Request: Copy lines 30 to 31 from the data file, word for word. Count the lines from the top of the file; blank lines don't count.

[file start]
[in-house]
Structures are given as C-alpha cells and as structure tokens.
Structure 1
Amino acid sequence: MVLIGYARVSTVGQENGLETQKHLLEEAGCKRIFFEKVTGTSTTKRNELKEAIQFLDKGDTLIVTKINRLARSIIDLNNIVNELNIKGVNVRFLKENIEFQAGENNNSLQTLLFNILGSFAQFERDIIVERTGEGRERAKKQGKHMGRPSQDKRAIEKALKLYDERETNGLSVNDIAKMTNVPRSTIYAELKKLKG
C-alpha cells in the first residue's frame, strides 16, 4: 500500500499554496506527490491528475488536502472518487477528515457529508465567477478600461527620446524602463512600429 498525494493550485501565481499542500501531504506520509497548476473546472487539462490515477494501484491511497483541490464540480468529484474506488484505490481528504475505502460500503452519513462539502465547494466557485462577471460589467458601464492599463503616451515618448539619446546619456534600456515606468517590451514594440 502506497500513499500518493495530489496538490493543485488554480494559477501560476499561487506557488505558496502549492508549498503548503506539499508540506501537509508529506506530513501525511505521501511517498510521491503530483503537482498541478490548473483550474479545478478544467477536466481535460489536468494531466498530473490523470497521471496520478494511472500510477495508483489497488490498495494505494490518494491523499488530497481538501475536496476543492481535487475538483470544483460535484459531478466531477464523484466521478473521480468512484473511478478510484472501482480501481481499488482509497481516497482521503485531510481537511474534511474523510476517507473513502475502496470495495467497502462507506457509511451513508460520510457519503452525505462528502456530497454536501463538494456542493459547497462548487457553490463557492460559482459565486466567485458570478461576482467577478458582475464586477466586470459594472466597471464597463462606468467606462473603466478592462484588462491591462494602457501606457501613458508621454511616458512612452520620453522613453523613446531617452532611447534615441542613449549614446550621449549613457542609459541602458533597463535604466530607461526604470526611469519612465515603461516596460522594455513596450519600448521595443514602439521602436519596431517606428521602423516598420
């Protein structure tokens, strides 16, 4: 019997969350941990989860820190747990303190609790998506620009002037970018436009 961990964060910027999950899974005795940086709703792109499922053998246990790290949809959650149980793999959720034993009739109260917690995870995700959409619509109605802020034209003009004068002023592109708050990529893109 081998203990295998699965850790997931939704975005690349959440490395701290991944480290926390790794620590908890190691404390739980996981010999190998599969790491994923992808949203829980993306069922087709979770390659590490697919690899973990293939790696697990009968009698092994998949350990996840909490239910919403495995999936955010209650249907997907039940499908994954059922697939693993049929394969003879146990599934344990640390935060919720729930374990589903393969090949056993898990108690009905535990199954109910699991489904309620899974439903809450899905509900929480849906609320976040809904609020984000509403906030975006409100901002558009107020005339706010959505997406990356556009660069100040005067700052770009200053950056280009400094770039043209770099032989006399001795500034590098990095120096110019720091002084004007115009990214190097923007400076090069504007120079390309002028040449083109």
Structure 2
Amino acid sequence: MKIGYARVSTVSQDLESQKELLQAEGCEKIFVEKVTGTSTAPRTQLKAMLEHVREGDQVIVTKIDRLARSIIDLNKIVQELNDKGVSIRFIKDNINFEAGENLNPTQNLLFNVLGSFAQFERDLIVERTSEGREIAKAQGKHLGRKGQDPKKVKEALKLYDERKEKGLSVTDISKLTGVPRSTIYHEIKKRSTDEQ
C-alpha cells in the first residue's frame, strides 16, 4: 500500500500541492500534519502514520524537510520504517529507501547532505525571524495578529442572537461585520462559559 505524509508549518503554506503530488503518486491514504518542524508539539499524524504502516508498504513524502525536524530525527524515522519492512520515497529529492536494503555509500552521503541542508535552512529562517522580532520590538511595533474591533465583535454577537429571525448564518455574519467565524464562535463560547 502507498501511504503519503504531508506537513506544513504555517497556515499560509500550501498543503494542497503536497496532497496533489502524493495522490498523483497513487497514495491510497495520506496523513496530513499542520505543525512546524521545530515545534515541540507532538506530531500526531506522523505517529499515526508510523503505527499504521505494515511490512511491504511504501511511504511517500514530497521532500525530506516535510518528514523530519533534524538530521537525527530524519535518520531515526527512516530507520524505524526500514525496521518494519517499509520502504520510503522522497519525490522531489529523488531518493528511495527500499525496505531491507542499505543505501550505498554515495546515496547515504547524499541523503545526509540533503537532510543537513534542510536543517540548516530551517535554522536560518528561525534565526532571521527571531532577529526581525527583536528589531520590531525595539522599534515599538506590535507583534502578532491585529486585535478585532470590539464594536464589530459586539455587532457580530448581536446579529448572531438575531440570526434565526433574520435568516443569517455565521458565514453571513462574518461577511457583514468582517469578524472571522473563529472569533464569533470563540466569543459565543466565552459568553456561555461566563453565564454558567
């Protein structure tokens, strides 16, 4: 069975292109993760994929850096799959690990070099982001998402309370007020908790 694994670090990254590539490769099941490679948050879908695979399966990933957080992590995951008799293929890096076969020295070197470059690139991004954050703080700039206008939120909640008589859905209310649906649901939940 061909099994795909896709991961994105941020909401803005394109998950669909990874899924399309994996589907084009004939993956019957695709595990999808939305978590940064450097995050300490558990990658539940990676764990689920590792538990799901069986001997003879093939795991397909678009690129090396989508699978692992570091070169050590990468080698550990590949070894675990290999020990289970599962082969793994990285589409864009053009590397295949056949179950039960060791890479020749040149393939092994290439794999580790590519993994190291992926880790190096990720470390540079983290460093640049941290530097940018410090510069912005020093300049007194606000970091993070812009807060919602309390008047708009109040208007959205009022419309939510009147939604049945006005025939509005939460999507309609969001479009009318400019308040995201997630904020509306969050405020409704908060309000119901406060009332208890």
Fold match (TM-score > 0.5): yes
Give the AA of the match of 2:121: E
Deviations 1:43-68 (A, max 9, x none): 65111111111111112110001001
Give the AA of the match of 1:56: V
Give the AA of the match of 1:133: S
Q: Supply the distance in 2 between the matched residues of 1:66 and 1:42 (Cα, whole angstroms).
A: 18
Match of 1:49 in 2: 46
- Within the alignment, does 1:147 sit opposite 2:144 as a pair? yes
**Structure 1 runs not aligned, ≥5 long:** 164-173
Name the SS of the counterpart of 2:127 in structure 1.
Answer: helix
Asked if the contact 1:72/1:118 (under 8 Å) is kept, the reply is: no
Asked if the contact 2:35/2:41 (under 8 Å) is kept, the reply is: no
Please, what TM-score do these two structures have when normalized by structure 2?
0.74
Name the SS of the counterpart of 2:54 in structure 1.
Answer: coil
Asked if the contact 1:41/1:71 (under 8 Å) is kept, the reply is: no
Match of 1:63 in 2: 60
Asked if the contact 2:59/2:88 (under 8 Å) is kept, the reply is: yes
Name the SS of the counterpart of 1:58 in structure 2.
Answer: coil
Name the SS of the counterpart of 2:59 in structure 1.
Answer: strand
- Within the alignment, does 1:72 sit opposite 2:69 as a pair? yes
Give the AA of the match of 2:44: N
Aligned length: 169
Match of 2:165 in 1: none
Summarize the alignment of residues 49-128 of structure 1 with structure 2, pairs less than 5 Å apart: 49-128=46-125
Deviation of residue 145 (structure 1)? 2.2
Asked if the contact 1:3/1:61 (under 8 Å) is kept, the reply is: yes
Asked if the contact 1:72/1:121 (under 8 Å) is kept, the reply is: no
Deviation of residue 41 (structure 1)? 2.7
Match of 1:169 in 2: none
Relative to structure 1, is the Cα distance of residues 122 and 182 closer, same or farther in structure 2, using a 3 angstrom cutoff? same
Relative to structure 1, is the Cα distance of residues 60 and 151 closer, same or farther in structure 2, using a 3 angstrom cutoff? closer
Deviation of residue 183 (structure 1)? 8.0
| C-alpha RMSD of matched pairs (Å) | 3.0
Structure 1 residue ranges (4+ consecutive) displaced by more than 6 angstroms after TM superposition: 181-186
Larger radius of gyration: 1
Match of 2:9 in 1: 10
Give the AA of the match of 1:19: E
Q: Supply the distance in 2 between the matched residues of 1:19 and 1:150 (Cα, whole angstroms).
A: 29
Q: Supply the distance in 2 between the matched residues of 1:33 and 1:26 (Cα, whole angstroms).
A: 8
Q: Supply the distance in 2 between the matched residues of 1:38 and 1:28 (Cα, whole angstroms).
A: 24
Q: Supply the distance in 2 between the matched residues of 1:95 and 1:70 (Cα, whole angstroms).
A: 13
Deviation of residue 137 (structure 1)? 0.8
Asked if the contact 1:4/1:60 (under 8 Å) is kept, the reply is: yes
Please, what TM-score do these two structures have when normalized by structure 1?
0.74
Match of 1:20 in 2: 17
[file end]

Match of 1:63 in 2: 60
Asked if the contact 2:59/2:88 (under 8 Å) is kept, the reply is: yes